We will hand down historical facts through the generations, and accurately convey the reality of rapidly changing times.

Newspaper Week has started. With 2015 marking the milestone 70th anniversary of the end of World War II, we want to once again keep in mind the gravity of the mission placed in the hands of newspapers.

During the war, newspapers and other media continually provided reports that exaggerated military achievements based on announcements issued by the Imperial Headquarters. Although there were strict regulations on freedom of speech at that time, newspapers cannot be absolved of their responsibility for contributing to efforts to promote the war. After the war, every media company made a fresh start with a pledge to pursue the truth. As a core pillar of print media, which excels at providing a tangible record of what happened, newspapers play the role of conveying the horrors of the war to future generations.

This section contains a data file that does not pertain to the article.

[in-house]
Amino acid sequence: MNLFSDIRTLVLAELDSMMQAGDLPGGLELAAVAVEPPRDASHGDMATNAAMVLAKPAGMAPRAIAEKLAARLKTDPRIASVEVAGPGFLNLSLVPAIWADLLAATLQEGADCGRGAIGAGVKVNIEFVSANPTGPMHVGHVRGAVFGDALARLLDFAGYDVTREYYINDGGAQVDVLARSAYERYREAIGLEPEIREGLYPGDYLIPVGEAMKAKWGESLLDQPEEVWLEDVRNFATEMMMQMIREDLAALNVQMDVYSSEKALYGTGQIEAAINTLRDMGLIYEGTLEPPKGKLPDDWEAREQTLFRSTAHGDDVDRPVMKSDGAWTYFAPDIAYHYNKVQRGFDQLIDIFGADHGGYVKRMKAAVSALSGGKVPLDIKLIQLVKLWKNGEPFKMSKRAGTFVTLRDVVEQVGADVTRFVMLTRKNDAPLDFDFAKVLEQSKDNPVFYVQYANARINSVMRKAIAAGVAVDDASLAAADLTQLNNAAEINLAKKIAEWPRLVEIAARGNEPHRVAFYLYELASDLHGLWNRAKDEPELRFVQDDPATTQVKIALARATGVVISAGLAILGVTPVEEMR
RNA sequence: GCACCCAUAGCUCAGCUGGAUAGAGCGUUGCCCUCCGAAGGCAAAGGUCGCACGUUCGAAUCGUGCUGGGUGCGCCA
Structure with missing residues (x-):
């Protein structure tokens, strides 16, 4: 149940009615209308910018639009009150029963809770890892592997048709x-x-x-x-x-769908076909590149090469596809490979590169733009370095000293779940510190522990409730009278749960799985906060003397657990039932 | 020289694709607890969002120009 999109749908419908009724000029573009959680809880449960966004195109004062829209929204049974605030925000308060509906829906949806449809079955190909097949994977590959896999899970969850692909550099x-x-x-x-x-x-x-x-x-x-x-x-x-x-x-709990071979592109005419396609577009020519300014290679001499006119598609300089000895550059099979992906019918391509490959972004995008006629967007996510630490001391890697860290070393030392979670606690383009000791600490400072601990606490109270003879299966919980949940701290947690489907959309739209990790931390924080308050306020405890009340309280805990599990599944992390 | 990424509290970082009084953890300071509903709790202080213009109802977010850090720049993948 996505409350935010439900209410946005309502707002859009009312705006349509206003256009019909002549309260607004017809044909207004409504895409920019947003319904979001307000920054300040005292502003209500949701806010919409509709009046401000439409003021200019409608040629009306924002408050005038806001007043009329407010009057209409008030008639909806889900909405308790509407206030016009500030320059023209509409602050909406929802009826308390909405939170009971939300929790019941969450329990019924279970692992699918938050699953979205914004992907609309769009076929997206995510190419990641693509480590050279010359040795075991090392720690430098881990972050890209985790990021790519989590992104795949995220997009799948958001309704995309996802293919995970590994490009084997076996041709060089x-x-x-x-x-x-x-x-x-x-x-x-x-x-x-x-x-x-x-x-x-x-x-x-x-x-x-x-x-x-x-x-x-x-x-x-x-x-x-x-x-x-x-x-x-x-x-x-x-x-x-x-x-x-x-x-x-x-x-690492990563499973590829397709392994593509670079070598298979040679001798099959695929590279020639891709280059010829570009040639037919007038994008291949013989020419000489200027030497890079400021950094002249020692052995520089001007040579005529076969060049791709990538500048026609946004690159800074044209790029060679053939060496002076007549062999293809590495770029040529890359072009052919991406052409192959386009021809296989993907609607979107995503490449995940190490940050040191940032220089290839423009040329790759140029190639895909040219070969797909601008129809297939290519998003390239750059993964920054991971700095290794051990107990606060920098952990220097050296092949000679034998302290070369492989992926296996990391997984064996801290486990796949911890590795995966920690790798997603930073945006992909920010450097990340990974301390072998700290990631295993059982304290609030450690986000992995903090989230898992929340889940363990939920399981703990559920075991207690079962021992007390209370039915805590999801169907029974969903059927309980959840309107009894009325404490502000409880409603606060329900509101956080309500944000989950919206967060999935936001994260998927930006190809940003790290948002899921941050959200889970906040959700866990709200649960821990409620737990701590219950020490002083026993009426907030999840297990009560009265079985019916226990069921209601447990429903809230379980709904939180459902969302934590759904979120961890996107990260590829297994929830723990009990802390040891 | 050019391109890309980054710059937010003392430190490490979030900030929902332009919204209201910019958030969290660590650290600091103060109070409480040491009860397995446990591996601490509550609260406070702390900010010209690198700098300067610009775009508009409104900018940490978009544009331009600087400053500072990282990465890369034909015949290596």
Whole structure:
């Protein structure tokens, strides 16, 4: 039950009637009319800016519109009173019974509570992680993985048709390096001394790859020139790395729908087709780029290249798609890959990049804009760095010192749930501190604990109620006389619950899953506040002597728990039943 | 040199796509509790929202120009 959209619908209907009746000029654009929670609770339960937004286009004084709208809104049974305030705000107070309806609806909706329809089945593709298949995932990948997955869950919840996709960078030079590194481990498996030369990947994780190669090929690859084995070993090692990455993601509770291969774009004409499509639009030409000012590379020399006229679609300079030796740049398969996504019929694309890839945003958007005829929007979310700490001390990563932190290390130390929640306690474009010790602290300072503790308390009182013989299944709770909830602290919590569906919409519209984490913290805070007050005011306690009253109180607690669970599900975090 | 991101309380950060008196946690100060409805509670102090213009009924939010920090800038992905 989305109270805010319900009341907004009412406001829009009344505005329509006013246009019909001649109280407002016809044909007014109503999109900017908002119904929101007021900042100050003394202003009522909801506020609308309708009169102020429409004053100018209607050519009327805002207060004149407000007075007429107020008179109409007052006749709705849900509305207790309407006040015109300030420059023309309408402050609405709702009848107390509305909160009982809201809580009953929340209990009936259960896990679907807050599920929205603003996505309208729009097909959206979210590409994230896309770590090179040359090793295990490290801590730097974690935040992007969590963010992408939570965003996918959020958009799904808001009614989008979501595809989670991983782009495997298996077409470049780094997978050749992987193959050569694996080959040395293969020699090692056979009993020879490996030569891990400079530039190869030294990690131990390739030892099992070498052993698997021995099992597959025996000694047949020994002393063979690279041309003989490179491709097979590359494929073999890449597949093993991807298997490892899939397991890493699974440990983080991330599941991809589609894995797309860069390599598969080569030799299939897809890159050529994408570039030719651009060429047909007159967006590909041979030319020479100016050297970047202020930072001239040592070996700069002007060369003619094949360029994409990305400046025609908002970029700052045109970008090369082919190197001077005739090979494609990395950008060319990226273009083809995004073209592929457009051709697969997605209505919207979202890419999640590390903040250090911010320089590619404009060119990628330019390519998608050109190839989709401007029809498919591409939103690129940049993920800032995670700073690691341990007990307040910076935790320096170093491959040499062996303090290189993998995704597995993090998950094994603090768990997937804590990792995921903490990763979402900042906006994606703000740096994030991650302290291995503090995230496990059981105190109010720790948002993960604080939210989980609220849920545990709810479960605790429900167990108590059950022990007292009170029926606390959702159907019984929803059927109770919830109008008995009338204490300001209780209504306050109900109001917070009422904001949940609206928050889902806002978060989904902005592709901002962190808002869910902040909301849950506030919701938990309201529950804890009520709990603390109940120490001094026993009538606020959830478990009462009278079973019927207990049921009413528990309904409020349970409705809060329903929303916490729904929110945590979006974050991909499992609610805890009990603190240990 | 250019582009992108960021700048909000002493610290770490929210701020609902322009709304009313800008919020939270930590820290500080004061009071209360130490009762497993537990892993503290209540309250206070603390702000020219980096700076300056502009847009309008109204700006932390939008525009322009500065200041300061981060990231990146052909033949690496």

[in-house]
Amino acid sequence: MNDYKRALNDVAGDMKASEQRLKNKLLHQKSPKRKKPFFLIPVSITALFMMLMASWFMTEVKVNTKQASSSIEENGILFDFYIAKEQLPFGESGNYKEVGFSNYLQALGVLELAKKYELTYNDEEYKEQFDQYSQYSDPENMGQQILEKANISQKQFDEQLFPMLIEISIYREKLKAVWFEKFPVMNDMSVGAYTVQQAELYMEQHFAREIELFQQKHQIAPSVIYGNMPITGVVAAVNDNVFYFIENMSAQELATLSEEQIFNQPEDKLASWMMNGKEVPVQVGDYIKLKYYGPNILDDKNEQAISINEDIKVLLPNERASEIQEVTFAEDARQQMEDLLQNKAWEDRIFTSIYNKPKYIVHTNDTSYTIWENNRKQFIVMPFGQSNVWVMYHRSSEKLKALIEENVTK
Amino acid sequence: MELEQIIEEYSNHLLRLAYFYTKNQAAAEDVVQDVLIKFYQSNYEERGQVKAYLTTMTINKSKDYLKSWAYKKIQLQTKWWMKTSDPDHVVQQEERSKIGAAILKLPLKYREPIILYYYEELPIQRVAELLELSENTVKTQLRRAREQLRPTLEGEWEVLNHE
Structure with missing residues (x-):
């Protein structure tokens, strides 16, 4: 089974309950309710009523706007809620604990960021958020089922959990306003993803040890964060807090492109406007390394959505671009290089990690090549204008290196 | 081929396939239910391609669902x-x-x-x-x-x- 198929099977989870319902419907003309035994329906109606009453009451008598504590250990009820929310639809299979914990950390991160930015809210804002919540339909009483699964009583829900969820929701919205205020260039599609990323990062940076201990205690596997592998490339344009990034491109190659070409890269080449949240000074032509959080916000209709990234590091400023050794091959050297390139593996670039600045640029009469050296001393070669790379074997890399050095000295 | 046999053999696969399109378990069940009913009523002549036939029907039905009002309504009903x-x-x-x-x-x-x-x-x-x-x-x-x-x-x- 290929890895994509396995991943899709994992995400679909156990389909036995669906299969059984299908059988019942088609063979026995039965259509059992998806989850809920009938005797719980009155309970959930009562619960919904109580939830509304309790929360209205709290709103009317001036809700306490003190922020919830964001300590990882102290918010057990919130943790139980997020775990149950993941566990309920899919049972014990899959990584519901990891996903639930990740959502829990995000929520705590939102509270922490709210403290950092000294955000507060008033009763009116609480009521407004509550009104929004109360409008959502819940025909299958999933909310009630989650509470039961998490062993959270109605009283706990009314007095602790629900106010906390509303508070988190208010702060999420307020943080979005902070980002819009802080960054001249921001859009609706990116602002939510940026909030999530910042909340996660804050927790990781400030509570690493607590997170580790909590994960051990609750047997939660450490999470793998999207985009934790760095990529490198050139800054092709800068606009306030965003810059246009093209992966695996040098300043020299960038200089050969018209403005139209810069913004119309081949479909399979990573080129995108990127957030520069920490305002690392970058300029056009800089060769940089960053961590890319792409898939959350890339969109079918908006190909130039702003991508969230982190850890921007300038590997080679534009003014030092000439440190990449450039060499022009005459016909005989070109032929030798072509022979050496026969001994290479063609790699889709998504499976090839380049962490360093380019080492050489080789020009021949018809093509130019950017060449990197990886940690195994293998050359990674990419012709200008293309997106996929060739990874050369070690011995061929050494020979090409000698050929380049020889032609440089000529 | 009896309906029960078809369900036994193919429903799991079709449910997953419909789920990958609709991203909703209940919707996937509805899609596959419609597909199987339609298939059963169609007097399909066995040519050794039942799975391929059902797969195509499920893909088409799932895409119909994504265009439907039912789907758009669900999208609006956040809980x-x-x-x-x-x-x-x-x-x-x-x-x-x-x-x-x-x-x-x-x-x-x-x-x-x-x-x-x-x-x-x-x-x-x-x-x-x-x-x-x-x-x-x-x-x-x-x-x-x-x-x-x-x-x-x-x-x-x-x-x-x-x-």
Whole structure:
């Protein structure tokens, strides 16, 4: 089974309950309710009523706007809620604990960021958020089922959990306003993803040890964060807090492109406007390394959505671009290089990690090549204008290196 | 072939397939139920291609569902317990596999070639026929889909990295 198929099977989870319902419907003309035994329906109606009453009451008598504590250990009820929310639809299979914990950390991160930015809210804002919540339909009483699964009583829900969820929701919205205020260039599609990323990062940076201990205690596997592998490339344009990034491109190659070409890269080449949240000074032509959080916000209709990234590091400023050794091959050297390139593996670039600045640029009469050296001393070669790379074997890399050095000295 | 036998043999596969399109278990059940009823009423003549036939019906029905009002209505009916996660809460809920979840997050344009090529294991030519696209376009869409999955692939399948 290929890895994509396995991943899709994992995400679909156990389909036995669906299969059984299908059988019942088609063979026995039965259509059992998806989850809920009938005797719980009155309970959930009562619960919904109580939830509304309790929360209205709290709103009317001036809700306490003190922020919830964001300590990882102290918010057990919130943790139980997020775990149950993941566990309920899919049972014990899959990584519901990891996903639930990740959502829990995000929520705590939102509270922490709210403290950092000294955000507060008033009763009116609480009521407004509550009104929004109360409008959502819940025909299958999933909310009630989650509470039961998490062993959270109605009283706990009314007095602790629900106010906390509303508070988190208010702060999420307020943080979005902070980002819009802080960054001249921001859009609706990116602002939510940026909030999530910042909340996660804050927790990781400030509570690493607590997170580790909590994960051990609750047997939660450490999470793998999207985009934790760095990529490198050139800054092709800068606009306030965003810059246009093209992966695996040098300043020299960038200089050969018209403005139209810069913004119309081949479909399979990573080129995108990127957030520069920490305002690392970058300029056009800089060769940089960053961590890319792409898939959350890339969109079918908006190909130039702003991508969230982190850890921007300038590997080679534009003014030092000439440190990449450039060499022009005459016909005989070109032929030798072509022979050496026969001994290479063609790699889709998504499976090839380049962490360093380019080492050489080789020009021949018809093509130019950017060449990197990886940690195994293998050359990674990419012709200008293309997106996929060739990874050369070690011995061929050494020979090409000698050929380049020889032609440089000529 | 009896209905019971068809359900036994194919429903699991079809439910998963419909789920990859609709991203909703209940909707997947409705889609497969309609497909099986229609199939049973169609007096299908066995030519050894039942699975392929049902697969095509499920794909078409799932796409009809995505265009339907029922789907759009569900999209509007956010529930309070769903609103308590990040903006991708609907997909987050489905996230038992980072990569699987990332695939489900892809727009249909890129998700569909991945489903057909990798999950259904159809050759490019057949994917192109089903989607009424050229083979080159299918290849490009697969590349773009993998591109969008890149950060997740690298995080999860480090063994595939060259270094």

This year, considerable attention was focused on the issue of Japan’s perception of history, particularly regarding the statement issued by Prime Minister Shinzo Abe to mark 70 years since World War II ended.

A newspaper should have well-informed opinions that analyze the existing state of affairs appropriately and offer insights into the direction Japan should take. We will keep providing material that enables our readers to fully and accurately make their own decisions.

In an opinion survey The Yomiuri Shimbun conducted before Newspaper Week, 88 percent of respondents said they believe newspapers will continue to be necessary in the future. Our devotion to providing fair and accurate coverage remains more important than anything else.